The market town of Middleham is the horseracing centre of the north. Tucked away on the edge of the Yorkshire Dales, it is home to some of the country’s most prominent trainers, including record‐breaking Mark and Charlie Johnston.
In the Market Place is the Dante Arms. Behind the pub is where the last northern‐trained Derby winner, Dante, was stabled. Anyone staying in one of the rooms these days can watch the current horses trained in the town making their way up to the famous gallops. Early risers can even stroll up to the moor to watch the horses exercise.
There can be few pubs closer to the training of some of the country’s best jumpers than the Plough. It sits at the foot of the gallops on Jonjo O‘Neill’s state‐of‐the‐art Cotswolds training complex, Jackdaw’s Castle.
The traditional country pub ‐ serving the local Donnington ale brewed just a Grand National‐distance away near Stow‐on‐the‐Wold ‐ has seen plenty of celebrations after big‐race wins.
It’s a regular haunt of racing people and is a popular stop‐off point for many racegoers heading for Cheltenham races from the east. Its breakfast baps have set up many a fan for a day at the Festival. Later on, the bar is alive with racing talk after the action has finished for the day.
Lots of pubs benefit from being located near a racecourse allowing them to tempt thirsty racegoers into their establishments. The White Horse is a little different ‐ it’s actually on Chester Racecourse.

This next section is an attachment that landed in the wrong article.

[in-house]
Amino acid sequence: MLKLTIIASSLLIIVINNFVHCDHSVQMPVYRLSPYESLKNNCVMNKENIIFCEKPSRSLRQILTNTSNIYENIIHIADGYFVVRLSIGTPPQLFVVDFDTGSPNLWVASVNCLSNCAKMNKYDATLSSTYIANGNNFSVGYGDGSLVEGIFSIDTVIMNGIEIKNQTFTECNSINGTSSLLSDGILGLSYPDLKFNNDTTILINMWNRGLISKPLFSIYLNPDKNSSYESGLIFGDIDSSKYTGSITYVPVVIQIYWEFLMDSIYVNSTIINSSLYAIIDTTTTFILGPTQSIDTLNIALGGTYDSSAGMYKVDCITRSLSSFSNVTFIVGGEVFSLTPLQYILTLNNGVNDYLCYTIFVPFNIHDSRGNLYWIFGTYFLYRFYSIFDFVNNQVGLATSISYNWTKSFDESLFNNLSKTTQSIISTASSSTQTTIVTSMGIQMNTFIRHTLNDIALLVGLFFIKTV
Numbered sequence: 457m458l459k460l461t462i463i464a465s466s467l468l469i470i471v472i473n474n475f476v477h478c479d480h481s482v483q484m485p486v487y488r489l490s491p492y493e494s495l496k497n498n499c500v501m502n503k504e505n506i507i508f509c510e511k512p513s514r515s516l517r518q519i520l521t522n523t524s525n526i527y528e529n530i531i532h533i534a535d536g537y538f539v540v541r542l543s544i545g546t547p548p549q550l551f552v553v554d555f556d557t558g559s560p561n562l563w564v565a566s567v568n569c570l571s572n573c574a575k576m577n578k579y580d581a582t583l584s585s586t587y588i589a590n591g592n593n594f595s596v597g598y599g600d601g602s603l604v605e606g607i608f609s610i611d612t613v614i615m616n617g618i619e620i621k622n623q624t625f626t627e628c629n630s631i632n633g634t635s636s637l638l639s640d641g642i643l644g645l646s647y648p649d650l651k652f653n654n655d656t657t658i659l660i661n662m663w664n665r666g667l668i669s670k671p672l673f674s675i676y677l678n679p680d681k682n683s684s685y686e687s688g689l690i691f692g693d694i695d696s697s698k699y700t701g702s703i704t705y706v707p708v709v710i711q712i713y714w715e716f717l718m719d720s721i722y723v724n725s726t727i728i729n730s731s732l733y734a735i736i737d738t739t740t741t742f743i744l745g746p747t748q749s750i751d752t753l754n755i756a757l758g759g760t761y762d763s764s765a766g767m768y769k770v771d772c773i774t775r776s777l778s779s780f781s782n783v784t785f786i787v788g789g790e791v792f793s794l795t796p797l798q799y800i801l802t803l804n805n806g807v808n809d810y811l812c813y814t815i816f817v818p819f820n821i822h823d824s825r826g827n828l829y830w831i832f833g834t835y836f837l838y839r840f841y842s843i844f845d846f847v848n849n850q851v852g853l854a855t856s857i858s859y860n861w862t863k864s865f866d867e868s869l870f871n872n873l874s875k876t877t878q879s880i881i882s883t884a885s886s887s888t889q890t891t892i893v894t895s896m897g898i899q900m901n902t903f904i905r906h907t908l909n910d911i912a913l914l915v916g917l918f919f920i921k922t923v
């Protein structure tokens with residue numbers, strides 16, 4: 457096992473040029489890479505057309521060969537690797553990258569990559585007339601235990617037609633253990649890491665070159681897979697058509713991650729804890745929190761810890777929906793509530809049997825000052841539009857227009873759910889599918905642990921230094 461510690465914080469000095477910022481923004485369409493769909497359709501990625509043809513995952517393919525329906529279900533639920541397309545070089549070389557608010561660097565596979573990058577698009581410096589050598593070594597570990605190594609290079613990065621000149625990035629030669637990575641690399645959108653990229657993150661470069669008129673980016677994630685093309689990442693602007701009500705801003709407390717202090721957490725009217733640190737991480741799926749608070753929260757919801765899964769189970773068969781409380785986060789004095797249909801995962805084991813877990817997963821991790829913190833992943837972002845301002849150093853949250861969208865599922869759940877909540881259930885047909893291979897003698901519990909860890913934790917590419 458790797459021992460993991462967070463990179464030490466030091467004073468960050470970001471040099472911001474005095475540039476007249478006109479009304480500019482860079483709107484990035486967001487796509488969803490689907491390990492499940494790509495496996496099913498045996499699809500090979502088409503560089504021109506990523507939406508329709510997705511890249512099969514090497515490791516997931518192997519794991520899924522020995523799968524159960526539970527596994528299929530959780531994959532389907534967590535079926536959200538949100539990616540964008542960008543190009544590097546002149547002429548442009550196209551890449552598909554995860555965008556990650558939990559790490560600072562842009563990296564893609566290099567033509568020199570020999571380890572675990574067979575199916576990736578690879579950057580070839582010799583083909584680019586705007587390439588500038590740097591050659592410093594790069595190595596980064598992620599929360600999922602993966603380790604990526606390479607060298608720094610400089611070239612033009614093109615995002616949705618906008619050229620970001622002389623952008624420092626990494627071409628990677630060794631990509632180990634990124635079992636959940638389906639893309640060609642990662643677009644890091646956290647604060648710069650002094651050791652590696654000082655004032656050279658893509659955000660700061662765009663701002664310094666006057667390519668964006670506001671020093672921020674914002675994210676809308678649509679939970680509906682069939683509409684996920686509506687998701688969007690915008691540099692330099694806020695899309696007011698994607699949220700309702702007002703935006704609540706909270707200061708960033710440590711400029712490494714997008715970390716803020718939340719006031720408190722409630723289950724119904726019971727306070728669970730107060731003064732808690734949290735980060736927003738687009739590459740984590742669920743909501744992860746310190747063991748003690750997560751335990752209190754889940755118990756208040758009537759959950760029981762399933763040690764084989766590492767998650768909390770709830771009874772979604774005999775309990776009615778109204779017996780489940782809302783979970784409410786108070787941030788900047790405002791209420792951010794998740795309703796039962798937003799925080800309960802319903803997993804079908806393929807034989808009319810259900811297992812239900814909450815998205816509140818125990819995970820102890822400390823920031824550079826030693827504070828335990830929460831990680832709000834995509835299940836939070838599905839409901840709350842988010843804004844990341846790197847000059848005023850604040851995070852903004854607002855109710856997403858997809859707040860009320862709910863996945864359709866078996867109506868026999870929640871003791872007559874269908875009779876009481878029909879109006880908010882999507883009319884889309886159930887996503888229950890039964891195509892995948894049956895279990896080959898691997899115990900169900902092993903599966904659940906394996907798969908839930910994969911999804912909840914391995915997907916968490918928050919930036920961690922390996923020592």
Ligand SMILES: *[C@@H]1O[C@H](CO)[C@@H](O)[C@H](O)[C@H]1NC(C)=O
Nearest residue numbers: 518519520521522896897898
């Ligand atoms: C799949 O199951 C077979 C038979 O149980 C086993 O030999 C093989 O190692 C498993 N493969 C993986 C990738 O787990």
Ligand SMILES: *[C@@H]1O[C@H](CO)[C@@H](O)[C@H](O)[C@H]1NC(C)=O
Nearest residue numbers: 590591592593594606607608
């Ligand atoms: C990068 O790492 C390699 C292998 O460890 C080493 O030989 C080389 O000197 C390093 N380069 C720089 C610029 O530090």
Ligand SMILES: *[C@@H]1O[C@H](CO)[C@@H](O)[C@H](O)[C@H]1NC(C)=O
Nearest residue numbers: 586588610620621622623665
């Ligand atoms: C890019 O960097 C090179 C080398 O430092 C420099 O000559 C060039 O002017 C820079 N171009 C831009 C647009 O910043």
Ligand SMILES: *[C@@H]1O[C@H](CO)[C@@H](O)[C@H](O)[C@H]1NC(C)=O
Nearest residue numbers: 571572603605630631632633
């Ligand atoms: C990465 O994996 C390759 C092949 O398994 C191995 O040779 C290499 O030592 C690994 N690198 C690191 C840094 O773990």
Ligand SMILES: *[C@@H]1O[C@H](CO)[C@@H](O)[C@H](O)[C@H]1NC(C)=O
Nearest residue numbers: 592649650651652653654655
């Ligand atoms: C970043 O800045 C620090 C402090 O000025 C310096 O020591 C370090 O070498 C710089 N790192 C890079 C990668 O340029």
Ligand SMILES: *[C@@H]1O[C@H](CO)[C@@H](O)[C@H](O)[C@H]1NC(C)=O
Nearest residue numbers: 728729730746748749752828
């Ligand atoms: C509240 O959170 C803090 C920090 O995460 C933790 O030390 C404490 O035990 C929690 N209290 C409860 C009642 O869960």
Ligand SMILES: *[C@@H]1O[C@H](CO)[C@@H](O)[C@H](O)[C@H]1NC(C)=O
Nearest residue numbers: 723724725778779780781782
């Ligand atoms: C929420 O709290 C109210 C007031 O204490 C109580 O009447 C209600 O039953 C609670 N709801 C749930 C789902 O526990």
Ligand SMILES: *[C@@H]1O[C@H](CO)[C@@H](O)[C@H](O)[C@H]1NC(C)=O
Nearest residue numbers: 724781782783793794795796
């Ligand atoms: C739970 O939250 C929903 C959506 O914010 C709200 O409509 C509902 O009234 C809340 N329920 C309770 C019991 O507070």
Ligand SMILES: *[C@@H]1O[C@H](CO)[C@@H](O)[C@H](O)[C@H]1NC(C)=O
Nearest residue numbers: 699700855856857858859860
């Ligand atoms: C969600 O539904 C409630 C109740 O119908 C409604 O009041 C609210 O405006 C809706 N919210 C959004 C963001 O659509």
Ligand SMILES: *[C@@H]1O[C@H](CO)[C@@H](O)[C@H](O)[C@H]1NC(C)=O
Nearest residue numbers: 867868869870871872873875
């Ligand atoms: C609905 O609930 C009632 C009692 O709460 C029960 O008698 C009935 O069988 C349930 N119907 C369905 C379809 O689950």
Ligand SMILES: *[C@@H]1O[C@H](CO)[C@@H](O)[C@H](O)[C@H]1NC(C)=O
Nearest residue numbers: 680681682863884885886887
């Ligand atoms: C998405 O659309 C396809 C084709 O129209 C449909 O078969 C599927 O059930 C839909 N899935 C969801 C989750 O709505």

The gastro pub – complete with cosy log fires – is set next to the parade ring in the centre of the world’s oldest racecourse. It is, obviously, extremely busy on race days but it is also popular throughout the week when its charcoal grill and stone pizza oven help pull in the diners.
Lambourn is known as the ‘valley of the racehorse’. Some of the sport’s most powerful trainers, including Nicky Henderson, Clive Cox and Charlie Hills, are based in and around the Berkshire village.
There are numerous watering holes in the area but none more popular with racing people than The Queen’s Arms in nearby East Garston.
Local trainers, owners and jockeys can often be seen dropping in for a bite to eat or a drink at the award‐winning country pub. It’s also a popular stop‐off venue for racing fans returning from a day out at Newbury, being little more than a dozen miles from the Grade 1 track.
Anyone retiring to the King’s Arms in Prestbury after a day at the home of National Hunt racing, probably won’t realise they are where one of the legendary careers in Flat racing began.
It was in what is now the pub car park, little more than a few furlongs from Cheltenham racecourse, where the great Fred Archer had his first riding lesson. Under the firm hand of his father, Grand National‐winning rider Billy Archer, the young Fred first got the leg up on a Galloway pony called Chard, won as a prize in a raffle. Archer would go on to become one of racing’s greatest – and yet most tragic names.
The winner of 13 jockeys’ championships, and five Derbys, Archer was just 29 when, suffering from depression and typhoid fever, he shot himself at his palatial Newmarket home. A plaque on the wall of the pub remembers its illustrious former resident.